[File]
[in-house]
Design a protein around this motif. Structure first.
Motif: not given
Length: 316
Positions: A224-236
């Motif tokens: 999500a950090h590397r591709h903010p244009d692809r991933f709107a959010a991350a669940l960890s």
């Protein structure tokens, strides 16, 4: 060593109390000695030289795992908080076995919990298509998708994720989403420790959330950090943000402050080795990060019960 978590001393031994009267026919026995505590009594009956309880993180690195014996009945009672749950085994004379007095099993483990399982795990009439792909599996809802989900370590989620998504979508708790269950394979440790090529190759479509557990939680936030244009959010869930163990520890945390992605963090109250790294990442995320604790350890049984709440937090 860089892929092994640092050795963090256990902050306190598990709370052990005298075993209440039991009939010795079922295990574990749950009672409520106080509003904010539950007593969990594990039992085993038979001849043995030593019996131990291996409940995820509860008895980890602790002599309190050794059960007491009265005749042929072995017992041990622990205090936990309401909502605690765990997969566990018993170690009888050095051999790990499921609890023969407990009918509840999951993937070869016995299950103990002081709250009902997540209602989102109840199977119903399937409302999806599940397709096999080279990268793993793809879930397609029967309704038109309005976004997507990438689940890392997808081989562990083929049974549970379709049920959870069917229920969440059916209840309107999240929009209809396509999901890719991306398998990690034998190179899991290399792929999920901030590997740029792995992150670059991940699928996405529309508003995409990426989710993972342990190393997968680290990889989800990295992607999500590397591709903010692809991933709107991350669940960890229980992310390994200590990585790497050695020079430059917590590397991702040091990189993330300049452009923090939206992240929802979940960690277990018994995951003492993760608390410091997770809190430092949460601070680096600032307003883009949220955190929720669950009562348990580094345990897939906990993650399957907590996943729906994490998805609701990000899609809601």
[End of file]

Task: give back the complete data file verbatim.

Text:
[in-house]
Design a protein around this motif. Structure first.
Motif: not given
Length: 316
Positions: A224-236
């Motif tokens: 999500a950090h590397r591709h903010p244009d692809r991933f709107a959010a991350a669940l960890s």
């Protein structure tokens, strides 16, 4: 060593109390000695030289795992908080076995919990298509998708994720989403420790959330950090943000402050080795990060019960 978590001393031994009267026919026995505590009594009956309880993180690195014996009945009672749950085994004379007095099993483990399982795990009439792909599996809802989900370590989620998504979508708790269950394979440790090529190759479509557990939680936030244009959010869930163990520890945390992605963090109250790294990442995320604790350890049984709440937090 860089892929092994640092050795963090256990902050306190598990709370052990005298075993209440039991009939010795079922295990574990749950009672409520106080509003904010539950007593969990594990039992085993038979001849043995030593019996131990291996409940995820509860008895980890602790002599309190050794059960007491009265005749042929072995017992041990622990205090936990309401909502605690765990997969566990018993170690009888050095051999790990499921609890023969407990009918509840999951993937070869016995299950103990002081709250009902997540209602989102109840199977119903399937409302999806599940397709096999080279990268793993793809879930397609029967309704038109309005976004997507990438689940890392997808081989562990083929049974549970379709049920959870069917229920969440059916209840309107999240929009209809396509999901890719991306398998990690034998190179899991290399792929999920901030590997740029792995992150670059991940699928996405529309508003995409990426989710993972342990190393997968680290990889989800990295992607999500590397591709903010692809991933709107991350669940960890229980992310390994200590990585790497050695020079430059917590590397991702040091990189993330300049452009923090939206992240929802979940960690277990018994995951003492993760608390410091997770809190430092949460601070680096600032307003883009949220955190929720669950009562348990580094345990897939906990993650399957907590996943729906994490998805609701990000899609809601």